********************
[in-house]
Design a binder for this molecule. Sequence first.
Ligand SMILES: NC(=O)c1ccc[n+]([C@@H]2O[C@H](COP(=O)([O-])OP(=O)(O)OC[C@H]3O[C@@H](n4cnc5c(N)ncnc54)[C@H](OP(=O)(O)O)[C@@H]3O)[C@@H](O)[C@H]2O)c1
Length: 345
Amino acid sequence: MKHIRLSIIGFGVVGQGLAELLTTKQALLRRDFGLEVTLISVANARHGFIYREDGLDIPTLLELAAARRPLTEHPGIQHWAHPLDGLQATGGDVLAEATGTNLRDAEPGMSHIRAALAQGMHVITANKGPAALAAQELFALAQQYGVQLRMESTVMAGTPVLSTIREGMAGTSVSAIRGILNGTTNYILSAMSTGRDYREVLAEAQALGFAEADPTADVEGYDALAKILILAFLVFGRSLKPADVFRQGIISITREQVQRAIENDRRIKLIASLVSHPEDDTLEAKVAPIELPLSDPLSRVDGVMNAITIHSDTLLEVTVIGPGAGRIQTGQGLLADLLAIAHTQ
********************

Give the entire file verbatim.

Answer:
[in-house]
Design a binder for this molecule. Sequence first.
Ligand SMILES: NC(=O)c1ccc[n+]([C@@H]2O[C@H](COP(=O)([O-])OP(=O)(O)OC[C@H]3O[C@@H](n4cnc5c(N)ncnc54)[C@H](OP(=O)(O)O)[C@@H]3O)[C@@H](O)[C@H]2O)c1
Length: 345
Amino acid sequence: MKHIRLSIIGFGVVGQGLAELLTTKQALLRRDFGLEVTLISVANARHGFIYREDGLDIPTLLELAAARRPLTEHPGIQHWAHPLDGLQATGGDVLAEATGTNLRDAEPGMSHIRAALAQGMHVITANKGPAALAAQELFALAQQYGVQLRMESTVMAGTPVLSTIREGMAGTSVSAIRGILNGTTNYILSAMSTGRDYREVLAEAQALGFAEADPTADVEGYDALAKILILAFLVFGRSLKPADVFRQGIISITREQVQRAIENDRRIKLIASLVSHPEDDTLEAKVAPIELPLSDPLSRVDGVMNAITIHSDTLLEVTVIGPGAGRIQTGQGLLADLLAIAHTQ